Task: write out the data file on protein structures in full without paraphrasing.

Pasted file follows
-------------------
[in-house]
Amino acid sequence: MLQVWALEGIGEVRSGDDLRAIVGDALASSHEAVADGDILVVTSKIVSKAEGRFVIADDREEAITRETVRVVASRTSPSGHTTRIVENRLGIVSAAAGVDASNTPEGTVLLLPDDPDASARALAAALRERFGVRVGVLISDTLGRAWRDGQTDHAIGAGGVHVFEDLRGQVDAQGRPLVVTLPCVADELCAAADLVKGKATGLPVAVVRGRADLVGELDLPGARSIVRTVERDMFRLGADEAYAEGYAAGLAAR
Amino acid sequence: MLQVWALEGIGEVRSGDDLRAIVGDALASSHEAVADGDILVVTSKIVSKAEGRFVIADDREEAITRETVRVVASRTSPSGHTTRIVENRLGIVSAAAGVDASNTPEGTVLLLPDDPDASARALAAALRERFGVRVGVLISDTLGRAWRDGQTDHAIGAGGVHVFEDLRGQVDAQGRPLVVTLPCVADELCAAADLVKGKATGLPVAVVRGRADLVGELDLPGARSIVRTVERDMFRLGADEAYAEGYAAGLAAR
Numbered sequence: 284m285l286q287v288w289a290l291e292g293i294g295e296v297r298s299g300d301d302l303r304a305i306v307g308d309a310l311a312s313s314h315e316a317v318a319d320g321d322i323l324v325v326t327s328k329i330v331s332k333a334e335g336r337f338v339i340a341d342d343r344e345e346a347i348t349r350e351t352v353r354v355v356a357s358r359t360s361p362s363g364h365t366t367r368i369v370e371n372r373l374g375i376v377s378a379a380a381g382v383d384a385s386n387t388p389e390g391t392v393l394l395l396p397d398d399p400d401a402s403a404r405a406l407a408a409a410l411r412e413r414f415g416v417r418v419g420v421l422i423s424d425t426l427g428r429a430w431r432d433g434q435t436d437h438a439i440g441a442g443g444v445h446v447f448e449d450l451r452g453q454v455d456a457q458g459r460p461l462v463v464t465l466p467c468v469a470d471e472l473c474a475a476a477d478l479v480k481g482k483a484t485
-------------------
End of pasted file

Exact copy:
[in-house]
Amino acid sequence: MLQVWALEGIGEVRSGDDLRAIVGDALASSHEAVADGDILVVTSKIVSKAEGRFVIADDREEAITRETVRVVASRTSPSGHTTRIVENRLGIVSAAAGVDASNTPEGTVLLLPDDPDASARALAAALRERFGVRVGVLISDTLGRAWRDGQTDHAIGAGGVHVFEDLRGQVDAQGRPLVVTLPCVADELCAAADLVKGKATGLPVAVVRGRADLVGELDLPGARSIVRTVERDMFRLGADEAYAEGYAAGLAAR
Amino acid sequence: MLQVWALEGIGEVRSGDDLRAIVGDALASSHEAVADGDILVVTSKIVSKAEGRFVIADDREEAITRETVRVVASRTSPSGHTTRIVENRLGIVSAAAGVDASNTPEGTVLLLPDDPDASARALAAALRERFGVRVGVLISDTLGRAWRDGQTDHAIGAGGVHVFEDLRGQVDAQGRPLVVTLPCVADELCAAADLVKGKATGLPVAVVRGRADLVGELDLPGARSIVRTVERDMFRLGADEAYAEGYAAGLAAR
Numbered sequence: 284m285l286q287v288w289a290l291e292g293i294g295e296v297r298s299g300d301d302l303r304a305i306v307g308d309a310l311a312s313s314h315e316a317v318a319d320g321d322i323l324v325v326t327s328k329i330v331s332k333a334e335g336r337f338v339i340a341d342d343r344e345e346a347i348t349r350e351t352v353r354v355v356a357s358r359t360s361p362s363g364h365t366t367r368i369v370e371n372r373l374g375i376v377s378a379a380a381g382v383d384a385s386n387t388p389e390g391t392v393l394l395l396p397d398d399p400d401a402s403a404r405a406l407a408a409a410l411r412e413r414f415g416v417r418v419g420v421l422i423s424d425t426l427g428r429a430w431r432d433g434q435t436d437h438a439i440g441a442g443g444v445h446v447f448e449d450l451r452g453q454v455d456a457q458g459r460p461l462v463v464t465l466p467c468v469a470d471e472l473c474a475a476a477d478l479v480k481g482k483a484t485